19 For this is thankworthy, if a man for conscience toward God endure grief, suffering wrongfully.
20 For what glory is it, if, when ye be buffeted for your faults, ye shall take it patiently? but if, when ye do well, and suffer for it, ye take it patiently, this is acceptable with God.
21 For even hereunto were ye called: because Christ also suffered for us, leaving us an example, that ye should follow his steps:
22 Who did no sin, neither was guile found in his mouth:
23 Who, when he was reviled, reviled not again; when he suffered, he threatened not; but committed himself to him that judgeth righteously:
24 Who his own self bare our sins in his own body on the tree, that we, being dead to sins, should live unto righteousness: by whose stripes ye were healed.
25 For ye were as sheep going astray; but are now returned unto the Shepherd and Bishop of your souls. 1 Pet. 19-25
Jesus did so much good during His earthly ministry but, in the epistles, the Bible does not talk about those things. Instead, it talks about Christ’s sufferings and His endurance in the same! The Bible exalts the cross above anything that Jesus did or underwent. In fact, in Philippians 2:5-11, the Bible talks about the different stages that Jesus allowed Himself to descend from glory to shame and death. But it ends by stating that He
“became obedient unto death, even the death of the cross.” (v.8)
The death of the cross. That is not any death. The death of the cross is not physical death. It is death to self. And it was on account of this death that scripture declares in verse 9:
“Wherefore God also hath highly exalted him, and given him a name which is above every name”.
You can die every kind of death; but if you have not died to self, you are nothing in God’s eyes.
I have an interesting illustration in this regard.
One day, a brother called me and told me he was travelling to the village to attend the burial of a close relative. I knew this brother’s financial condition, so I wanted to bless him with some money. I decided I would surprise him, so I called him back and told him to meet up with me at a certain place. He answered, “I am leaving right away.”
I walked briskly to our meeting point, my heart beating with excitement at the good I was about to do. When I arrived there, the brother was nowhere to be seen. True, he lived some distance away, but I expected him to take some form of transportation and hurry.
I called him and told him exactly that. I told him, “Take a motorcycle!”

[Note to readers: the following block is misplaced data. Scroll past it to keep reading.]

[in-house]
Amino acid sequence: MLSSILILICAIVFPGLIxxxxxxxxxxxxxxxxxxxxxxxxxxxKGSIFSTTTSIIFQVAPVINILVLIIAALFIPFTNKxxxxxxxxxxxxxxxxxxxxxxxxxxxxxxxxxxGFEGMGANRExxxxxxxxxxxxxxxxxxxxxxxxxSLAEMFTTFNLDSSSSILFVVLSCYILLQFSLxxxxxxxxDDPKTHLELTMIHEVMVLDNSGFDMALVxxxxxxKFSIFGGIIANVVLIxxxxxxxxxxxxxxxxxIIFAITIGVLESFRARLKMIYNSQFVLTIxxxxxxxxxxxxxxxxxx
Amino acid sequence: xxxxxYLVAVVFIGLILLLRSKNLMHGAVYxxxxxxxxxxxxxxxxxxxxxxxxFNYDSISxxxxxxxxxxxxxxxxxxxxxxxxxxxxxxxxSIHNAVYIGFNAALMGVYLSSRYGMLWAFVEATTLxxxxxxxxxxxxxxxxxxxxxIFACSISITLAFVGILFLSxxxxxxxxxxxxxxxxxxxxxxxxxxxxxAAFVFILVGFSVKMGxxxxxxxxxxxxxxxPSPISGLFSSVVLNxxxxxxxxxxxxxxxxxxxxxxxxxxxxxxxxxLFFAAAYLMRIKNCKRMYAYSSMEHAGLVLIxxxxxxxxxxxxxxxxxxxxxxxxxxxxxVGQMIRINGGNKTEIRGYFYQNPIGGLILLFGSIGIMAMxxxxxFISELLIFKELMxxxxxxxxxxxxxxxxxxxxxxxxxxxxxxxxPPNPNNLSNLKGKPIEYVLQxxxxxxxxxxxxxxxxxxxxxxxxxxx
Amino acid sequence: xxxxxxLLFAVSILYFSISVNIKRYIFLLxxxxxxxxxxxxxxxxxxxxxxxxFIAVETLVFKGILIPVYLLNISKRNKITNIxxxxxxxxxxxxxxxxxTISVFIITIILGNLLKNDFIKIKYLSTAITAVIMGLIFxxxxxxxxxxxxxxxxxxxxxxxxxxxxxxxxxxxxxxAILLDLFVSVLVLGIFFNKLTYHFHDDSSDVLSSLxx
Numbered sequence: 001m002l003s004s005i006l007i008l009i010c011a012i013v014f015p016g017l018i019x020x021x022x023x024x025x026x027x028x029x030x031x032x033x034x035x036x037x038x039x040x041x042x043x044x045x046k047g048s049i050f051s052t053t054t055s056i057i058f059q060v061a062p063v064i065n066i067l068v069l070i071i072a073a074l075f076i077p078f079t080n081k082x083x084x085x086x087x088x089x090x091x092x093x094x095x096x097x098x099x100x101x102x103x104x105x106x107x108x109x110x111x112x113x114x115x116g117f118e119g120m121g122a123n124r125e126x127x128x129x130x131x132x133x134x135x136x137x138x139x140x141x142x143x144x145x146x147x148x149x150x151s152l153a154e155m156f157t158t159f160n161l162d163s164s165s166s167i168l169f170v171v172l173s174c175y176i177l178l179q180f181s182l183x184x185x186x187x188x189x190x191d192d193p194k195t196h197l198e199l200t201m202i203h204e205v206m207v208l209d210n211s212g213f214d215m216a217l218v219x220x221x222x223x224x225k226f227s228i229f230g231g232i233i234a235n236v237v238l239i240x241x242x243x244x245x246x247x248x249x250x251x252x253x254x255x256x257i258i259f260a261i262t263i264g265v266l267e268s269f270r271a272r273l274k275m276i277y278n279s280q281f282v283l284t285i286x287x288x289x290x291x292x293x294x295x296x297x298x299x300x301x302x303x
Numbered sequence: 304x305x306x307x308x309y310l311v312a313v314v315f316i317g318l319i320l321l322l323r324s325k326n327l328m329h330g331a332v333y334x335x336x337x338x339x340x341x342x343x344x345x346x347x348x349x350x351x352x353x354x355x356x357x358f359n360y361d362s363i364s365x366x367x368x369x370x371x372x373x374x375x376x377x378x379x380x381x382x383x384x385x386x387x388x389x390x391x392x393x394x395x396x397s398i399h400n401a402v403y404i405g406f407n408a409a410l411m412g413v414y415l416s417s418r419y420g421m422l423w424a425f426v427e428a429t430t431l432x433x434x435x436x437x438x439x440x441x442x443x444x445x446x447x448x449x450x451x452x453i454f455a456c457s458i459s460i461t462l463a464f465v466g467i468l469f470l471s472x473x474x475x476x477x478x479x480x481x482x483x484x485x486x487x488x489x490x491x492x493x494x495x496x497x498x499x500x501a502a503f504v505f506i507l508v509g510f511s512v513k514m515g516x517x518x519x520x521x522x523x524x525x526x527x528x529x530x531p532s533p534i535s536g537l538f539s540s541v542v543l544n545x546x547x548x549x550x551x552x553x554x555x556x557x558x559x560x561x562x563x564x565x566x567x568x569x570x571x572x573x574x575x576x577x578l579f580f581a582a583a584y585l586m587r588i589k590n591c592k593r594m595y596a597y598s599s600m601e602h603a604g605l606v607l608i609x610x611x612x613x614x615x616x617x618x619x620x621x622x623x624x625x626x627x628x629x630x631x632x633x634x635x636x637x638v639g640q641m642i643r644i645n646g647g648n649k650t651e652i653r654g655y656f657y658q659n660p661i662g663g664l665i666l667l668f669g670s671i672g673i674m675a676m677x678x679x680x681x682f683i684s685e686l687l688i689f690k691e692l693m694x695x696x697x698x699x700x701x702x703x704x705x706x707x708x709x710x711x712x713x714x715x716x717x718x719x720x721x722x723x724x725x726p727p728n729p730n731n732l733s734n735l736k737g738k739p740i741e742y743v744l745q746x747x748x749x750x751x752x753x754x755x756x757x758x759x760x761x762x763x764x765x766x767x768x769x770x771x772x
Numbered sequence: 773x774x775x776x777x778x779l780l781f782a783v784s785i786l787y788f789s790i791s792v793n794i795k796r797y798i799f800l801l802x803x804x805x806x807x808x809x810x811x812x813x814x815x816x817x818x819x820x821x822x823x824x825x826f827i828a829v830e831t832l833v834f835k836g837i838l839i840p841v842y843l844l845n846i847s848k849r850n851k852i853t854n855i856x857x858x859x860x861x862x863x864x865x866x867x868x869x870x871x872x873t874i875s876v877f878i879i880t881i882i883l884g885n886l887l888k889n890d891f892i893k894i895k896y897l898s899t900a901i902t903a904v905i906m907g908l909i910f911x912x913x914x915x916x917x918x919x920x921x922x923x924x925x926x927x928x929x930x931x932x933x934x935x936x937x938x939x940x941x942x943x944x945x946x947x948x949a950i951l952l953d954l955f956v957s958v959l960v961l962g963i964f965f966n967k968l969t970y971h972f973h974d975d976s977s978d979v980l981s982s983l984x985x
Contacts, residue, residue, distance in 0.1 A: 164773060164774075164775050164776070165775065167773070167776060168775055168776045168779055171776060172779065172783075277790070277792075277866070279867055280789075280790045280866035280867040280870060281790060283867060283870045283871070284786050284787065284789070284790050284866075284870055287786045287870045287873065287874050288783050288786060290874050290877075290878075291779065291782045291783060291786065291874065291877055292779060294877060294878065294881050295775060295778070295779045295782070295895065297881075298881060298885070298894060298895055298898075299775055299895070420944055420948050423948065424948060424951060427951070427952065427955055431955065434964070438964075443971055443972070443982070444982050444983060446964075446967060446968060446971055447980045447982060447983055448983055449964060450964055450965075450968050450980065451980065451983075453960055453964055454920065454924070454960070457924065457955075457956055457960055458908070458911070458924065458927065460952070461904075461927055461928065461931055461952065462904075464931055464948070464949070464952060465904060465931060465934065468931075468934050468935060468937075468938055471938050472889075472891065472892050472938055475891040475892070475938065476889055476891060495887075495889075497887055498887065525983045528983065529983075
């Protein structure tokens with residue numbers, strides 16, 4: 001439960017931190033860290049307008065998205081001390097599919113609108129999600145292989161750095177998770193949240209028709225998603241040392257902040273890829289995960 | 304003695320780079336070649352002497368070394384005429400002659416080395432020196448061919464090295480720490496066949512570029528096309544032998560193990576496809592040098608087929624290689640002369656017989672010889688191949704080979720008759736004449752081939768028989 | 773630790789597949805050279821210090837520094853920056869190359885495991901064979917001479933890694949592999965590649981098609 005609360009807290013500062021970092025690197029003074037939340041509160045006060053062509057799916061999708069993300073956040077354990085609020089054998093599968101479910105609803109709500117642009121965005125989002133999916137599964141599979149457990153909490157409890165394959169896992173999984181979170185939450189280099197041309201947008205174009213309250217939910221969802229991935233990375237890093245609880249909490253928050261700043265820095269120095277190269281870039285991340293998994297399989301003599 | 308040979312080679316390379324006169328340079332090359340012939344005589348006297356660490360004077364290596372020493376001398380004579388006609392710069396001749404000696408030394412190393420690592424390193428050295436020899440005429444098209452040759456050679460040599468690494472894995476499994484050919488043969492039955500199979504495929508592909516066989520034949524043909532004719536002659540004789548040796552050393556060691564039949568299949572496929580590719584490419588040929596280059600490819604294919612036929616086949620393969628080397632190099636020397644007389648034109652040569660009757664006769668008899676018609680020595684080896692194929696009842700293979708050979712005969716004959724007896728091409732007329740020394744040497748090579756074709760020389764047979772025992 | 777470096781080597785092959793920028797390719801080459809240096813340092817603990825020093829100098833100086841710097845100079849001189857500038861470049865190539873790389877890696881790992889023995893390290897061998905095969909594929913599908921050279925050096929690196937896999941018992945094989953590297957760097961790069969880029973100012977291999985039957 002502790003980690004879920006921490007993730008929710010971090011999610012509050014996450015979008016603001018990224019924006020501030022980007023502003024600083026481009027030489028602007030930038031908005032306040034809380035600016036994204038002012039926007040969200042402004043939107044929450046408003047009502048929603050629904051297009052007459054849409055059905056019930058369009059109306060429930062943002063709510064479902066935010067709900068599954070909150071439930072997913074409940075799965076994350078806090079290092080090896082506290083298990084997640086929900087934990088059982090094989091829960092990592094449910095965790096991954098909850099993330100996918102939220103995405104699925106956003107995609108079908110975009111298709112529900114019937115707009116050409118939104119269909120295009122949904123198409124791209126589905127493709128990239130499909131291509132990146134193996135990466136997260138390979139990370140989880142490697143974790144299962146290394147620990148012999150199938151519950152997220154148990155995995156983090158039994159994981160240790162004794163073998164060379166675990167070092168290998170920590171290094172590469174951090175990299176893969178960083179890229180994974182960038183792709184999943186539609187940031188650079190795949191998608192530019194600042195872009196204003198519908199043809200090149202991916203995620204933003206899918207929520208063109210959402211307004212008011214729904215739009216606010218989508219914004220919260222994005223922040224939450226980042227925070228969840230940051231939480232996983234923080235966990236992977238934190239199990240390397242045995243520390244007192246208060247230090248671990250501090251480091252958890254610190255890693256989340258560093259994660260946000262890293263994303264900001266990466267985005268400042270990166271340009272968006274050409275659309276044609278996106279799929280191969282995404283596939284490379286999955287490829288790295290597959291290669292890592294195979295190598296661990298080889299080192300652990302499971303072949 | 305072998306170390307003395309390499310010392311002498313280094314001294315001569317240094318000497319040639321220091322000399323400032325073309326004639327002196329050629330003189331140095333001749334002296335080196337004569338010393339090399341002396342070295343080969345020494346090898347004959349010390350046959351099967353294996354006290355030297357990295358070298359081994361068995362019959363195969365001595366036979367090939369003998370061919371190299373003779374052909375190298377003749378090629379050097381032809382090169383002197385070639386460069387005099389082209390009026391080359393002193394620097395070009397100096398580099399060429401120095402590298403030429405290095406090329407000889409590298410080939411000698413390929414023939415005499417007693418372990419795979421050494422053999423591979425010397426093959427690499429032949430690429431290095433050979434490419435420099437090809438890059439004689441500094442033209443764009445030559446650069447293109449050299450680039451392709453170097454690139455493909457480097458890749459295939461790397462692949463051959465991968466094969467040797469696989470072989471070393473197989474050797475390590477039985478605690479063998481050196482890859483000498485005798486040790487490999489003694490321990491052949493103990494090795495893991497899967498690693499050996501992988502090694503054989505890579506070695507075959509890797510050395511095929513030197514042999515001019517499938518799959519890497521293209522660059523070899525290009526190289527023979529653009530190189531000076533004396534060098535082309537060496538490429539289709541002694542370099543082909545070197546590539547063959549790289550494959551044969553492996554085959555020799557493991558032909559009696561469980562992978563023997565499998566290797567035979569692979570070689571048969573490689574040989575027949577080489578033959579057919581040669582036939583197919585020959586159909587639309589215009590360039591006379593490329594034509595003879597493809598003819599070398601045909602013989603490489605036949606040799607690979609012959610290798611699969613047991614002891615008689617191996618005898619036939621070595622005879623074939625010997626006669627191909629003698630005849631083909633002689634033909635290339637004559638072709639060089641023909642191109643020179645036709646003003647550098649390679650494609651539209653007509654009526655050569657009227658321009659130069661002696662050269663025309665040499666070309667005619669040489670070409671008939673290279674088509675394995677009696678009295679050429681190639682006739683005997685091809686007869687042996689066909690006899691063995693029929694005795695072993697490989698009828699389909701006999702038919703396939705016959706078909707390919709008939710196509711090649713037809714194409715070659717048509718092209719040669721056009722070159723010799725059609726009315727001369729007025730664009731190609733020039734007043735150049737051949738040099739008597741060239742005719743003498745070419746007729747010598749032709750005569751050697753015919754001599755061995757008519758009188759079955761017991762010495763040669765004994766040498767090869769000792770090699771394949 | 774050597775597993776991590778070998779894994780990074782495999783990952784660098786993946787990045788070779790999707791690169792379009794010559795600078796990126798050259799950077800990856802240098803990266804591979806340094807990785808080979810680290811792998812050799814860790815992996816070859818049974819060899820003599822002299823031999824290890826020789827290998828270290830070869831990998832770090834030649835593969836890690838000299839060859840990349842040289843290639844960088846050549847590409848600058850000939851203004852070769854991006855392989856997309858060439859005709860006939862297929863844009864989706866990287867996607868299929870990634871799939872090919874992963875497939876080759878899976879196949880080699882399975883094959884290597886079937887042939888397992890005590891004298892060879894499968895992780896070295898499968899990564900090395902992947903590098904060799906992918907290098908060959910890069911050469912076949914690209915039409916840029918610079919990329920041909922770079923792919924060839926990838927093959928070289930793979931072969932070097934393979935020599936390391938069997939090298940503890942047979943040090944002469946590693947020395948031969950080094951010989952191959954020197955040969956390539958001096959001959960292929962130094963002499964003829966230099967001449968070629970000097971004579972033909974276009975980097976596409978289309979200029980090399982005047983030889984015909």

He mumbled an answer and the phone went dead.
Finally, the brother showed up after about 20 minutes. By that time, my heart had turned charcoal black. The man had kept me waiting – and I was livid. I almost did not greet him, and I had to dredge up all the remaining dregs of grace left in me to hand him the money I had come to “bless” him with.
I had done good, but my good was not acceptable with God. In God’s eyes, it was the exact opposite of what you could call good. Why?
Because I had not accepted to suffer. God was not looking at the good I had gone to do. He was looking to see whether I would endure patiently when something grated at my will. Those 20 minutes of waiting were more important to God than any good intentions I had to help someone.
God waits for us at the point of suffering. He does not wait for us at any other place. He waits for us like the umpire waits for the athlete. The umpire does not wait for the athlete at any old point along the track. He waits at the finishing line.
Jesus waits for us at the finishing line; and our finishing line is the cross. When we accept to suffer patiently “for conscience toward God” we find God waiting for us right there.
By introducing the cross, the Bible destroys any notion of “good” that we have in the human sense. With God, “good” can only be when we serve Him under His terms, not ours. Actually, the cross is all about dying to our old man, self.
In John 21:18, we read Jesus’s words to Peter,
“Verily, verily, I say unto thee, When thou wast young, thou girdedst thyself, and walkedst whither thou wouldest: but when thou shalt be old, thou shalt stretch forth thy hands, and another shall gird thee, and carry thee whither thou wouldest not.”
Imagine that. Jesus told Peter that a time would come when Peter would not serve God under his own terms, but under God’s terms!
Did you know that Peter carried a sword to serve the Lord with? That was his will at work. In fact, Jesus once rebuked him with the words:
“Get thee behind me, Satan: thou art an offence unto me: for thou savourest not the things that be of God, but those that be of men.” (Mat. 16:23)
That is how we are much of the time: serving God, but carrying carnal weapons. If someone hurts us, we hurt back because we are not willing to suffer. We, just like Peter, are carrying weapons of our flesh with us.
We begin to understand why the Apostle Paul would not preach any other gospel other than “Christ crucified” (1 Cor. 1:23)
It is the cross alone that can deal with the flesh so that we may serve the Lord on His terms, not ours. Nothing else can. Not even prophecies. There are too many self-styled, self-willed ‘prophets’ roaming about. It’s time to show them the cross – or the door.
So, finally, what is true goodness? What is thankworthy and acceptable with God? It is when we submit ourselves to another’s terms, not our own. It is when we crucify our wills. Biblically, the flesh is our will.
All our good, all our striving, all our effort comes to nought if we have not reached the place of crucifying our flesh. God is not interested in what we do. He is interested in what we allow Him to do in us.
If we are good on our own terms, despite all the good we do, we, just like my brother John at the brook, will not even have began our spiritual journey.
[I love the arts!]